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    ABSTRACT: The majority of modelling and inference regarding Hidden Markov Models (HMMs) assumes that the number of underlying states is known a priori. However, this is often not the case and thus determining the appropriate number of underlying states for a HMM is of considerable interest. This paper proposes the use of a parallel sequential Monte Carlo samplers framework to approximate the posterior distribution of the number of states. This requires no additional computational effort if approximating parameter posteriors conditioned on the number of states is also necessary. The proposed strategy is evaluated on a comprehensive set of simulated data and shown to outperform the state of the art in this area: although the approach is simple, it provides good performance by fully exploiting the particular structure of the problem. An application to business cycle analysis is also presented.
    Annals of the Institute of Statistical Mathematics 06/2014; 66(3-3):553-575. DOI:10.1007/s10463-014-0450-4
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    ABSTRACT: Mean marks form a versatile toolbox in the analysis of marked point processes (MPPs). For ergodic processes, their definition is straightforward and practical application is well established. In the stationary non-ergodic case, though, different definitions of mark averages are possible and might be practically relevant. In this paper, the classical definition of mean marks is compared to a set of new characteristics for non-ergodic MPPs, which stand out due to the weighting of ergodicity classes. Another weighting can be introduced on the single-point level via weights given by the marks themselves. These intrinsically given weights and the weighting of ergodicity classes are closely related to each other meaning that for suitable choices of weights, a mean mark characteristic can be expressed in either way. Estimators for the different definitions of mean marks are discussed and their consistency and asymptotic normality are shown under certain conditions.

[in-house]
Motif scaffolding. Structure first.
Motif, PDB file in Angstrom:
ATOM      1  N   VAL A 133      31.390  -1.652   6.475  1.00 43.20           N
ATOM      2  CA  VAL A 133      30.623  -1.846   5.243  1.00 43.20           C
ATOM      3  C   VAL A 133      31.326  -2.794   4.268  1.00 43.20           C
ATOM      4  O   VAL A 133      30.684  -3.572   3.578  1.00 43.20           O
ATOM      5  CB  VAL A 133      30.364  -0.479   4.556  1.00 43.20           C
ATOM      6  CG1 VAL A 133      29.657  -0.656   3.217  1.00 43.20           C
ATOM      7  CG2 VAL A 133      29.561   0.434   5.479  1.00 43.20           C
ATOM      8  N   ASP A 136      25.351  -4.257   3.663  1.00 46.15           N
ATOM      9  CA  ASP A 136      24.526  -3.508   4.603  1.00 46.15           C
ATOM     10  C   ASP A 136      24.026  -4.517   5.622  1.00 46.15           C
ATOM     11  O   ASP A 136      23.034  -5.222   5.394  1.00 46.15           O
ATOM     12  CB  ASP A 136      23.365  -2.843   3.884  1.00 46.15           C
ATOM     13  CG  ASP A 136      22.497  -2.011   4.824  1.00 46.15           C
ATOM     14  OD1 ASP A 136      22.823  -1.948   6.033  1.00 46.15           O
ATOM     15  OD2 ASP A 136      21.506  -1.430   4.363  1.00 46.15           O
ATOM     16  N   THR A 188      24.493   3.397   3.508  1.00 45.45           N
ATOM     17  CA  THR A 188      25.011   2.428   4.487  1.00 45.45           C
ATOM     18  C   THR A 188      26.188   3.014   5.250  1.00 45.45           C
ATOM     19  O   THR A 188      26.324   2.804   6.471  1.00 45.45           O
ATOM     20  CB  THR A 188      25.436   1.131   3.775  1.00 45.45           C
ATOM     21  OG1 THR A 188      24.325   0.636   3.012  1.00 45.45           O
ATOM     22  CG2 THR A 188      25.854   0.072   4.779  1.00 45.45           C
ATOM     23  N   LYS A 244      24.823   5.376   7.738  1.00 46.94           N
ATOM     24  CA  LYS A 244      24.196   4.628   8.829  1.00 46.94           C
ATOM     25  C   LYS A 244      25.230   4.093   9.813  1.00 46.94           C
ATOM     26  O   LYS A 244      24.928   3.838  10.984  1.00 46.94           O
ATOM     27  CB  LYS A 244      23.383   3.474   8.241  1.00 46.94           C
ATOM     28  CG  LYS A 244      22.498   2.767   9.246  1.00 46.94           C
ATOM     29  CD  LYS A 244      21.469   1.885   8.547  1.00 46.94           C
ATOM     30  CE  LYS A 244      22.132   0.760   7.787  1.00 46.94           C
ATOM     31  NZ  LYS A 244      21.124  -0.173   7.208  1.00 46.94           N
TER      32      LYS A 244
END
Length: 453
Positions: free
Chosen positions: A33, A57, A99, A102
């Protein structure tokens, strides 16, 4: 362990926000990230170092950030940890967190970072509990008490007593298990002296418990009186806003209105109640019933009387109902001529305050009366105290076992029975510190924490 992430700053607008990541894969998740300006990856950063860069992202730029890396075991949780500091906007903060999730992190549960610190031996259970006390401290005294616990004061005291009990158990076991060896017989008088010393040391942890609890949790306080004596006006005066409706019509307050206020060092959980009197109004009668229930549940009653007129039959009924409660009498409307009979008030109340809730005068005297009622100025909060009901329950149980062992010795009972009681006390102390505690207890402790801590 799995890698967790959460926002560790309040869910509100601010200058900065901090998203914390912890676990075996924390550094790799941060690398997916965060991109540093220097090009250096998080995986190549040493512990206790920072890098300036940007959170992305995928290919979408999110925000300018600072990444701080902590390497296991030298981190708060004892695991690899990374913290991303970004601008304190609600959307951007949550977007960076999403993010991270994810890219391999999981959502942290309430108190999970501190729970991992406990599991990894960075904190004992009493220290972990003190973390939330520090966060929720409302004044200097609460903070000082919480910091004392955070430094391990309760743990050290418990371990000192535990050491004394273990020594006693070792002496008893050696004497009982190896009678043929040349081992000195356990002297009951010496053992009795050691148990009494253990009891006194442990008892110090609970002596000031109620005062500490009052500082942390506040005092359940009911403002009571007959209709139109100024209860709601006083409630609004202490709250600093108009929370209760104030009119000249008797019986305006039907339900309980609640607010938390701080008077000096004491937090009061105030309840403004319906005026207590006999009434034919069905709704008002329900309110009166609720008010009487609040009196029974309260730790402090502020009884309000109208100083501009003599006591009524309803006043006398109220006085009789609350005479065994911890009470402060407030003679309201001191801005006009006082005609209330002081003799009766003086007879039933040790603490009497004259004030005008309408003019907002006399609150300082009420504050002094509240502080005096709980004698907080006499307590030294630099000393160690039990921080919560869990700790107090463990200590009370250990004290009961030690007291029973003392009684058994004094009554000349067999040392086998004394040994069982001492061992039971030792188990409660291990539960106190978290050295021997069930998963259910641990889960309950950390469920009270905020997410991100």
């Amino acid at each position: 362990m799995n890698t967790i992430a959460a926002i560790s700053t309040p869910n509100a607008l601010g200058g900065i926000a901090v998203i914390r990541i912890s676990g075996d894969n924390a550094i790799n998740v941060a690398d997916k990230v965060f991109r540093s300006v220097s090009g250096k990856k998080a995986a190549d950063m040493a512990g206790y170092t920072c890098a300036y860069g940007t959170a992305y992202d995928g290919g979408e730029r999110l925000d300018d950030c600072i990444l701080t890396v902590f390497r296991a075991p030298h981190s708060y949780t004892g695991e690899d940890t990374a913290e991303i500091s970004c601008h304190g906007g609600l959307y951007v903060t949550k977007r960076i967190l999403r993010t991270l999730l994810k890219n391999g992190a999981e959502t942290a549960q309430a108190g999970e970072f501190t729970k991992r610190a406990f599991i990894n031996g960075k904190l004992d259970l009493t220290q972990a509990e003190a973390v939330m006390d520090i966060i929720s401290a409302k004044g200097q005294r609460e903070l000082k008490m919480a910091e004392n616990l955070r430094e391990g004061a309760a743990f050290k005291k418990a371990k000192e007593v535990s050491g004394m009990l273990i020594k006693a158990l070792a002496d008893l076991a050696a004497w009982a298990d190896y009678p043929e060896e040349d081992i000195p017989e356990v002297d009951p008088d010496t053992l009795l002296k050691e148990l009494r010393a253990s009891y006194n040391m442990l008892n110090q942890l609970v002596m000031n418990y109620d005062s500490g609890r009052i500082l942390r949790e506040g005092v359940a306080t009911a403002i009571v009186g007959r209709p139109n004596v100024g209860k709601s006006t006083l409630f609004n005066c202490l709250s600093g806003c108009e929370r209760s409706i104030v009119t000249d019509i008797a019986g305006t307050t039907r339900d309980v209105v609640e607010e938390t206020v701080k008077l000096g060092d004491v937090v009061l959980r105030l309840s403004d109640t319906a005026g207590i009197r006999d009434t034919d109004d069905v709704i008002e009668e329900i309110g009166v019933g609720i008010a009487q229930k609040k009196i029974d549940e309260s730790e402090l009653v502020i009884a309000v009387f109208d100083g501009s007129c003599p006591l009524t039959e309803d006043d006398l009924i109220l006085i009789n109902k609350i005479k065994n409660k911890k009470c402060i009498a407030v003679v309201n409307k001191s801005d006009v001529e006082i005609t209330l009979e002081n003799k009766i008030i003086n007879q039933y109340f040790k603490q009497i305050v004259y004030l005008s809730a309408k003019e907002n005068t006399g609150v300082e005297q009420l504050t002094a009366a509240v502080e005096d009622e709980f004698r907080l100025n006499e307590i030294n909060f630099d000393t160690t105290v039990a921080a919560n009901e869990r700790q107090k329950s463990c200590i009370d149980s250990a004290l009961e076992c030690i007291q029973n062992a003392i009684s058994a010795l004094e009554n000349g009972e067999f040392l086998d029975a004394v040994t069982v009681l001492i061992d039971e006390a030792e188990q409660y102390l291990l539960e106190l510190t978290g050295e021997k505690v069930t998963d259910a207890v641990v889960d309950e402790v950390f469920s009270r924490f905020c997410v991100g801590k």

Annals of the Institute of Statistical Mathematics 01/2014;
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    ABSTRACT: This paper introduces a new family of local density separations for assessing robustness of finite-dimensional Bayesian posterior inferences with respect to their priors. Unlike for their global equivalents, under these novel separations posterior robustness is recovered even when the functioning posterior converges to a defective distribution, irrespectively of whether the prior densities are grossly misspecified and of the form and the validity of the assumed data sampling distribution. For exponential family models, the local density separations are shown to form the basis of a weak topology closely linked to the Euclidean metric on the natural parameters. In general, the local separations are shown to measure relative roughness of the prior distribution with respect to its corresponding posterior and provide explicit bounds for the total variation distance between an approximating posterior density to a genuine posterior. We illustrate the application of these bounds for assessing robustness of the posterior inferences for a dynamic time series model of blood glucose concentration in diabetes mellitus patients with respect to alternative prior specifications.